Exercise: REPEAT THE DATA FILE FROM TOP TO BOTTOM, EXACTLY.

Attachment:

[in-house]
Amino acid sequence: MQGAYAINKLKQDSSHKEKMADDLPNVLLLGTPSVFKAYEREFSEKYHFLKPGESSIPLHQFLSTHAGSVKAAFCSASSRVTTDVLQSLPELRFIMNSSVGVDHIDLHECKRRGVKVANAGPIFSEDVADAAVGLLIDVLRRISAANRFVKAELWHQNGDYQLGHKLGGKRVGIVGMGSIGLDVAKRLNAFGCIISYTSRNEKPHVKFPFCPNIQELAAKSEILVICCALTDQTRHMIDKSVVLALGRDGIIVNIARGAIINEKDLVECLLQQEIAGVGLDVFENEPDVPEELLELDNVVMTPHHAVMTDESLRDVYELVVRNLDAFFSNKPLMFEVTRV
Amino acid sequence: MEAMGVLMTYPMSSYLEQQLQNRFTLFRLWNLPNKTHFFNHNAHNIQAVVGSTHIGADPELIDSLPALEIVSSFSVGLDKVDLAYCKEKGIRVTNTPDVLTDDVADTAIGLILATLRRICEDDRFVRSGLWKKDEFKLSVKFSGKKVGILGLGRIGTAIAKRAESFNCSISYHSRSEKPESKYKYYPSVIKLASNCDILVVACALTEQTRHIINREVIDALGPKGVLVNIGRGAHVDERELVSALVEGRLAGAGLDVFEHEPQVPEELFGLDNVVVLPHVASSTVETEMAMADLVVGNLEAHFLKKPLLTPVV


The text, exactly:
[in-house]
Amino acid sequence: MQGAYAINKLKQDSSHKEKMADDLPNVLLLGTPSVFKAYEREFSEKYHFLKPGESSIPLHQFLSTHAGSVKAAFCSASSRVTTDVLQSLPELRFIMNSSVGVDHIDLHECKRRGVKVANAGPIFSEDVADAAVGLLIDVLRRISAANRFVKAELWHQNGDYQLGHKLGGKRVGIVGMGSIGLDVAKRLNAFGCIISYTSRNEKPHVKFPFCPNIQELAAKSEILVICCALTDQTRHMIDKSVVLALGRDGIIVNIARGAIINEKDLVECLLQQEIAGVGLDVFENEPDVPEELLELDNVVMTPHHAVMTDESLRDVYELVVRNLDAFFSNKPLMFEVTRV
Amino acid sequence: MEAMGVLMTYPMSSYLEQQLQNRFTLFRLWNLPNKTHFFNHNAHNIQAVVGSTHIGADPELIDSLPALEIVSSFSVGLDKVDLAYCKEKGIRVTNTPDVLTDDVADTAIGLILATLRRICEDDRFVRSGLWKKDEFKLSVKFSGKKVGILGLGRIGTAIAKRAESFNCSISYHSRSEKPESKYKYYPSVIKLASNCDILVVACALTEQTRHIINREVIDALGPKGVLVNIGRGAHVDERELVSALVEGRLAGAGLDVFEHEPQVPEELFGLDNVVVLPHVASSTVETEMAMADLVVGNLEAHFLKKPLLTPVV